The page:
Civil War Yorktown
Shiloh Baptist Church was started in 1863 by former slave and lay minister, John Carey; and Reverend Jeremiah Asher from Shiloh Baptist Church in Philadelphia, Pennsylvania. The church sewed the residents of Slabtown, a community established by the United States army during the Civil War for contrabands (Contraband were enslaved Americans who had ﬂed Confederate controlled areas of the South.) Today, the congregation of Shiloh Baptist Church continues to thrive and provide valuable religious support within the local community.
Chaplain Jeremiah Asher was the grandson of a slave, but was born free in Connecticut. On the eve of the Civil War, he was a prominent abolitionist and minister of Shiloh Baptist Church in Philadelphia, Pennsylvania. When the federal government began recruiting African Americans for newly formed United States Colored Regiments, Asher wrote President Abraham Lincoln, advocating African Americans should serve as military chaplains to these units. African Americans were prohibited from serving as commissioned officers in their own regiments, which included chaplain positions. However, Lincoln eased the policy, and began allowing some African Americans to serve as regimental chaplains. Though 50 years of age, Asher, with the signed support of every white ofﬁcer in the 6th United States Colored Infantry Regiment, mustered with the unit as chaplain, in December 1863. In addition to ministering to the troops, Asher also, at Yorktown, helped form a new Shiloh Baptist Church in the local contraband community. Jeremiah Asher gave his life for his ideals, being the ﬁrst African American chaplain to die in military service. He passed away on July 27, 1865 from disease contracted while tending to ill soldiers.
Back with Hardy and Hawkins to Baptist church. Crowded. Patrolled Slabtown.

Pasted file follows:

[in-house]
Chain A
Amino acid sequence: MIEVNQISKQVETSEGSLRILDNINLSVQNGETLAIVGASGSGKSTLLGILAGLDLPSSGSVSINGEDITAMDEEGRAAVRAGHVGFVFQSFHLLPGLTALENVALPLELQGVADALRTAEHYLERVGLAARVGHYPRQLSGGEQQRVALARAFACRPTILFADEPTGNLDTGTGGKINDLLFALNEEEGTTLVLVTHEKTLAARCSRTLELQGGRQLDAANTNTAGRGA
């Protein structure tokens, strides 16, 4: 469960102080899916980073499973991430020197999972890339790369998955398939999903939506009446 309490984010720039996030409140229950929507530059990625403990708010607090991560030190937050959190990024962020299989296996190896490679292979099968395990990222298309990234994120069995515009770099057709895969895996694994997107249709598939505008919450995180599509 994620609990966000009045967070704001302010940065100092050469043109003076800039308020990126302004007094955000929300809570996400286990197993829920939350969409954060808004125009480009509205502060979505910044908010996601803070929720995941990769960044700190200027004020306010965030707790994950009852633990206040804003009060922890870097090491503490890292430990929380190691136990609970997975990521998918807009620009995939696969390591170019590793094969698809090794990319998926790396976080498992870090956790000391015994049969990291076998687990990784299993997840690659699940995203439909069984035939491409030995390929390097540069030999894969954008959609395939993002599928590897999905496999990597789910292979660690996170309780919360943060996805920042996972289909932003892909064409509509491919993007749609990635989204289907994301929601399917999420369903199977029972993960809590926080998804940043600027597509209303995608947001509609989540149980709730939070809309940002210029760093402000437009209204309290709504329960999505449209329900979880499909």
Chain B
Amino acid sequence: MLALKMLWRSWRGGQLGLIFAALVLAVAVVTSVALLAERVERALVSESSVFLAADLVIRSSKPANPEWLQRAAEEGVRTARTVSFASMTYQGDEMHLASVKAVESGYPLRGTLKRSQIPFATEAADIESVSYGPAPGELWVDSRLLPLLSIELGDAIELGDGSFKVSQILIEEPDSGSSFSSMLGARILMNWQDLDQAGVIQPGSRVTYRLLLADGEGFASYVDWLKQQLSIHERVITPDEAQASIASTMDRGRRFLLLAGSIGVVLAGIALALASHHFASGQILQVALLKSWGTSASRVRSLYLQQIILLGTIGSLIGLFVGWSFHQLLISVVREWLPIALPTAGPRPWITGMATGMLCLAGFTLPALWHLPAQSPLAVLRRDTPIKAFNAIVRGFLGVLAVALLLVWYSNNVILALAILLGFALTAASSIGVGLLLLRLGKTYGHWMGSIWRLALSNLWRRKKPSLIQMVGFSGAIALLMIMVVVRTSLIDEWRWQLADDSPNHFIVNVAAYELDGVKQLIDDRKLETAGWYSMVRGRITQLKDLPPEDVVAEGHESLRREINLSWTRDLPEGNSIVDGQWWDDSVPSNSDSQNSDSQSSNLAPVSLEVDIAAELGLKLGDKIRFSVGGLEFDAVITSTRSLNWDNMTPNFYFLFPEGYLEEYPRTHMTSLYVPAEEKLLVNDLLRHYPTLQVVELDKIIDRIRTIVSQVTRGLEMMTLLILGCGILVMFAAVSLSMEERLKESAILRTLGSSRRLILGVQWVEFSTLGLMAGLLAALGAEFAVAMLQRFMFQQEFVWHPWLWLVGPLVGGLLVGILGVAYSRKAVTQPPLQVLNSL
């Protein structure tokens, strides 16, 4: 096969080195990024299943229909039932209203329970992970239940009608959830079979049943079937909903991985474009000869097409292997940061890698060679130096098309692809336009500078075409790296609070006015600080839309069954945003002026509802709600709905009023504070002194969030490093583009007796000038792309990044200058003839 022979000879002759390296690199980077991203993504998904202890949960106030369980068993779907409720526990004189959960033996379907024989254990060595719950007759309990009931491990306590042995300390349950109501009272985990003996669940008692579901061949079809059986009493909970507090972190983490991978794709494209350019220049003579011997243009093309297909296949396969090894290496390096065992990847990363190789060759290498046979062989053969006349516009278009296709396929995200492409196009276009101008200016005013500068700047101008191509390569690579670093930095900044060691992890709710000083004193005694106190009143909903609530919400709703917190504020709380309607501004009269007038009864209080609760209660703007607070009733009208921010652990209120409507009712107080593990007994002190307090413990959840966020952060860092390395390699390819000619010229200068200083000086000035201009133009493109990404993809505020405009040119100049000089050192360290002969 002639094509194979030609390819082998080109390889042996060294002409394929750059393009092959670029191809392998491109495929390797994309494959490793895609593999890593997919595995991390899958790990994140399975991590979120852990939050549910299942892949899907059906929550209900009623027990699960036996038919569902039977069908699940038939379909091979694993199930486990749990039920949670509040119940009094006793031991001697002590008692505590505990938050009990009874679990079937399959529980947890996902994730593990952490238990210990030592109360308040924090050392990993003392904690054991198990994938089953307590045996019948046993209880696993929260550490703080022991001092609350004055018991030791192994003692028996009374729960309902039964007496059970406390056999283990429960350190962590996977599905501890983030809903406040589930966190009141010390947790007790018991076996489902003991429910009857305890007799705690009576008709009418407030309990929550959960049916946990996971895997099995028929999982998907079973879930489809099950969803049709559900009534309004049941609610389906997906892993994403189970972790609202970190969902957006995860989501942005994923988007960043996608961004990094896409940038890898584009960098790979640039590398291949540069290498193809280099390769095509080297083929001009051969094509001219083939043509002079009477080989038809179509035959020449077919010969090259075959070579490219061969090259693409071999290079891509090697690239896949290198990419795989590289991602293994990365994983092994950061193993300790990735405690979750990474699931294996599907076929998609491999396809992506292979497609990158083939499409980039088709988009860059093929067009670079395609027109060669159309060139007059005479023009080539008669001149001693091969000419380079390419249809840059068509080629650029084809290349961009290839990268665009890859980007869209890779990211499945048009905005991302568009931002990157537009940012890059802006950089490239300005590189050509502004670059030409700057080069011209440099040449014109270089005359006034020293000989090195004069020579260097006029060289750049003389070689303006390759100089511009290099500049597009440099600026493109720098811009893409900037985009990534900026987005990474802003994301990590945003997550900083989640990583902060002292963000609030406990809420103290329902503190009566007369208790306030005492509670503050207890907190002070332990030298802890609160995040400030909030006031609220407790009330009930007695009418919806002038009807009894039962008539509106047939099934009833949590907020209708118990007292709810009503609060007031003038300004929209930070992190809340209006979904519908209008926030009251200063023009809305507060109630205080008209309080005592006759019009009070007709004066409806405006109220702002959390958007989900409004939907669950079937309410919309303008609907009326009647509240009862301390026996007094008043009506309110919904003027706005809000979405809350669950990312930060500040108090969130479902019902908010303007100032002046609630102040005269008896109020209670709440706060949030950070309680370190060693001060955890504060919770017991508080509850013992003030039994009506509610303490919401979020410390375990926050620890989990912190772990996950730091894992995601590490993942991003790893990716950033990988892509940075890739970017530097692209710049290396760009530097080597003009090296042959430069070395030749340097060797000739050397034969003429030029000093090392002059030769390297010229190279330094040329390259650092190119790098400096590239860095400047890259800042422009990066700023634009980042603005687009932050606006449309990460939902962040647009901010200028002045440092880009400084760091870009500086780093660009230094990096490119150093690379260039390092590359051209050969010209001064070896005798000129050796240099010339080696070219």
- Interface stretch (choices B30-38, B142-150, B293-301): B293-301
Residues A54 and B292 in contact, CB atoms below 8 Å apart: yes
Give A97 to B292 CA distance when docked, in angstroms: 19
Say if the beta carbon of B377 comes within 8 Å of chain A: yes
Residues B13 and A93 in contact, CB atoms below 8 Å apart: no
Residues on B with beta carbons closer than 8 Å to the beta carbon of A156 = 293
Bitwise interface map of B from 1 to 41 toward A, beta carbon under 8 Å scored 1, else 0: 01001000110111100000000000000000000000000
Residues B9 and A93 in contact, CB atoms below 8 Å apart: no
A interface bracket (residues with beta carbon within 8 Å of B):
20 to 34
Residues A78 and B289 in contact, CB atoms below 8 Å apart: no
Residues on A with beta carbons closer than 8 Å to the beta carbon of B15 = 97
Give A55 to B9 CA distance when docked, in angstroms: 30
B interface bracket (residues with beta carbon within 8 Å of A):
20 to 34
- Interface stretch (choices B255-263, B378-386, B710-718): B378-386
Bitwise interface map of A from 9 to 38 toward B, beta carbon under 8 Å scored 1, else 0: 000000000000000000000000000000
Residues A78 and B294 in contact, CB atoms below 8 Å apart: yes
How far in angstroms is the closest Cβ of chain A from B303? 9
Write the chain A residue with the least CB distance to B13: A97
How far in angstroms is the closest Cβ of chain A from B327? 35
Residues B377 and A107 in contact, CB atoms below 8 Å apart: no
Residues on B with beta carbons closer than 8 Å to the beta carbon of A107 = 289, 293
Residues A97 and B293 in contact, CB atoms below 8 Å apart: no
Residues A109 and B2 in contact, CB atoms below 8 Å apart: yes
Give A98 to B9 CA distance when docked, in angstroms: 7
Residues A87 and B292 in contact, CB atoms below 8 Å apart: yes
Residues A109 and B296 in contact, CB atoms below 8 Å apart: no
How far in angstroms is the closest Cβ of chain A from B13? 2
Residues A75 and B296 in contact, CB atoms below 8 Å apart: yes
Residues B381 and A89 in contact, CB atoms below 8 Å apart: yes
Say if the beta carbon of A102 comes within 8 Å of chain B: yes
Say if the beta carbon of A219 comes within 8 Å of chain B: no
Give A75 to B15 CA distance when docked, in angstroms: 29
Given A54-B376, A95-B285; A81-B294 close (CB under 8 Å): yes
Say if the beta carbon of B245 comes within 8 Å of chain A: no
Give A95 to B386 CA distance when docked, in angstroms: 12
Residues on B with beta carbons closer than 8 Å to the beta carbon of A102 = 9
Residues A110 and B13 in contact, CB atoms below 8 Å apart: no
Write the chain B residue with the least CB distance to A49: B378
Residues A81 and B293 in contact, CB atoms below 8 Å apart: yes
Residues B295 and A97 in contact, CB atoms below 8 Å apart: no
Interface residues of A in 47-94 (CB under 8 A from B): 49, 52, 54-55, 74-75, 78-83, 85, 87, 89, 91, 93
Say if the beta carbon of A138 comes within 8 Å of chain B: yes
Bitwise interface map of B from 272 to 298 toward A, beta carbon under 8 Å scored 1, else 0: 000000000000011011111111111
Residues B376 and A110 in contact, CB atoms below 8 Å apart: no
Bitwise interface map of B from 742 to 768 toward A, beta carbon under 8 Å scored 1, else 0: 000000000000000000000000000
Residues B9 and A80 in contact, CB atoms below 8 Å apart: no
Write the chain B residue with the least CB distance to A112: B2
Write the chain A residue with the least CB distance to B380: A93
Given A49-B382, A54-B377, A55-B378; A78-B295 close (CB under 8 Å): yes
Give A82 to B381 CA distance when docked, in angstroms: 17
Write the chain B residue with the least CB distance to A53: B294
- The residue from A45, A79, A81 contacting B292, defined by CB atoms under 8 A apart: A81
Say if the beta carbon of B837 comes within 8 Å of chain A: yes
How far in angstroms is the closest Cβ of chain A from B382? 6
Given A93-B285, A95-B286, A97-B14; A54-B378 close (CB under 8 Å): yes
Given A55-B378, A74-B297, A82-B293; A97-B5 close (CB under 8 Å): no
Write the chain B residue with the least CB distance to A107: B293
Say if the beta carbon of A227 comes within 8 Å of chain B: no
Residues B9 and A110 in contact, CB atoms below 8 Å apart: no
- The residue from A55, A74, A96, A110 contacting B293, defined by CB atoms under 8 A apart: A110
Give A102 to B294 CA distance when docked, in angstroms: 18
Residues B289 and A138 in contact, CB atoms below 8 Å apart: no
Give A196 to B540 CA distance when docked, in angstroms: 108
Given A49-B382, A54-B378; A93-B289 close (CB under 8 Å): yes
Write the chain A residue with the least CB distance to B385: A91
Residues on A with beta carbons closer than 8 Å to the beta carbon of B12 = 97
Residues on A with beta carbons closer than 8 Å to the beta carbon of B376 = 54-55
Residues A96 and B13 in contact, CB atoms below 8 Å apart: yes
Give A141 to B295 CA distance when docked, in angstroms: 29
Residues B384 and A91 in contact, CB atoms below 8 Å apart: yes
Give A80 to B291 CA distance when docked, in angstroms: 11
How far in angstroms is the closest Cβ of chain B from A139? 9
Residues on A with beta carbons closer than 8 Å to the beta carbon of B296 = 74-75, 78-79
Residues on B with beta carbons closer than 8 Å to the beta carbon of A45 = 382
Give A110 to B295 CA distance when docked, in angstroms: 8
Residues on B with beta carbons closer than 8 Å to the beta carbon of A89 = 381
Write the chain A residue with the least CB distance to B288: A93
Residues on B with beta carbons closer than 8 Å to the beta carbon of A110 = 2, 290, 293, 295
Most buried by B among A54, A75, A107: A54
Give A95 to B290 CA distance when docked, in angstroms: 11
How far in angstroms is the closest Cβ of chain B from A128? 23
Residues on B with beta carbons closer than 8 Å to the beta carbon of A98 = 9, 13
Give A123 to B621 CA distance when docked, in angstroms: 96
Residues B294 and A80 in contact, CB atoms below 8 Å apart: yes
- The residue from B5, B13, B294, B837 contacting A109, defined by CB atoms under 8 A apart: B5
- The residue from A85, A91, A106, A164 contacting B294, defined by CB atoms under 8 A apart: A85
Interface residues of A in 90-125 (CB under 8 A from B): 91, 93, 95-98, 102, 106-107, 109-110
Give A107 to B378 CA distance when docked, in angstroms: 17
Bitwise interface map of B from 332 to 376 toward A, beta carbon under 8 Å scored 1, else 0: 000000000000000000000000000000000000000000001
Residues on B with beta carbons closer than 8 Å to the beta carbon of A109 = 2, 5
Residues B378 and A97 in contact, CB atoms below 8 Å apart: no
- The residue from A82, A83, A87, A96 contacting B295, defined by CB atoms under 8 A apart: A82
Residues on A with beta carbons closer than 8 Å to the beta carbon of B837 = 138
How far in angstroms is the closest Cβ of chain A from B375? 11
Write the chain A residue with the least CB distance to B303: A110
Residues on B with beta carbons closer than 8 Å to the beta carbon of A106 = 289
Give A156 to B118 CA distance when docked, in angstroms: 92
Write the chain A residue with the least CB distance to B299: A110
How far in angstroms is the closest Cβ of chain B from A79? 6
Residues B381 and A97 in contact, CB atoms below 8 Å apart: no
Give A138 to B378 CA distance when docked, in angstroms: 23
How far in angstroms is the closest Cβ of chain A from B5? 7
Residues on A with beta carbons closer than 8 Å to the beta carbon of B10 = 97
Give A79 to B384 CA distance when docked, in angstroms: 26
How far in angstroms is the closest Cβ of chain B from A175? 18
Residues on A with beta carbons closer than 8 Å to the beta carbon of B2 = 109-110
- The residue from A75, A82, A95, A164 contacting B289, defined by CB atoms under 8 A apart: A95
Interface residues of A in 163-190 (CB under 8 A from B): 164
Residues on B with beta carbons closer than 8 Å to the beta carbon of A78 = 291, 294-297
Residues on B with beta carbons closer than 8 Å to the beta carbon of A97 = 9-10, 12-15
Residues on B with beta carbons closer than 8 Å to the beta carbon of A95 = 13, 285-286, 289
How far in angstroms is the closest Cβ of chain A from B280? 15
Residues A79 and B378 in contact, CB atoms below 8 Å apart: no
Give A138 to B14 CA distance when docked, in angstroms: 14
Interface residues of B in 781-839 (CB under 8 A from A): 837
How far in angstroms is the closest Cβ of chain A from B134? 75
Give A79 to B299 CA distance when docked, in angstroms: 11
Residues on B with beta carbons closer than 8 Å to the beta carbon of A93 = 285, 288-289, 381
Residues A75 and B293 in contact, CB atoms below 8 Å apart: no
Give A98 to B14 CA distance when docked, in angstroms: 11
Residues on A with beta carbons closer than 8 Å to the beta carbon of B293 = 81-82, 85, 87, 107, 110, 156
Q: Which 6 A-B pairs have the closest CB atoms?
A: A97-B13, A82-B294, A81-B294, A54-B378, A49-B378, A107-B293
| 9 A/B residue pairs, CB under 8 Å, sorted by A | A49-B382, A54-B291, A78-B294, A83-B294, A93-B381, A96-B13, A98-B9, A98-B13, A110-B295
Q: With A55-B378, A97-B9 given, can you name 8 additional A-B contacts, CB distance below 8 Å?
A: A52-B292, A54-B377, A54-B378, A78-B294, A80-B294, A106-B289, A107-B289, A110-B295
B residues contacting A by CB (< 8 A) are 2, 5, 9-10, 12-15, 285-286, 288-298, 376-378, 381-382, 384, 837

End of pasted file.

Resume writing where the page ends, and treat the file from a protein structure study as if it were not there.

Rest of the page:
Master Sergeant Christian A. Fleetwood, 4th United States Colored Troops, Diary, March 27, 1864 Courtesy of Library of Congress
The members of Shiloh Baptist Church probably first worshiped in a simple cabin, but by 1866 were meeting in a former Confederate military barracks. Thirty tears after its founding, the congregation constructed a new edifice across the road from the Yorktown National Cemetery. When the church burned four years later, it was rebuilt and in continuous use until 1974 when a new house of worship was constructed about one mile to the west at the intersection of Route 17 and Goosley Road. In 2001, Shiloh Baptist Church reached another historical milestone when Pastor Barbara Lemon was installed as the congregation's minister, becoming the first female African American Baptist minister in the local area.
In 1866-1867, Captain James Miles Moore, of the U.S. Army Quartermaster Department,oversaw the development of the Yorktown National Cemetery. As part of the project, he directed a map of the immediate area be diagrammed. This map shows Shiloh Baptist Church's original location. Map and photo courtesy of the National Archives
James Miles Moore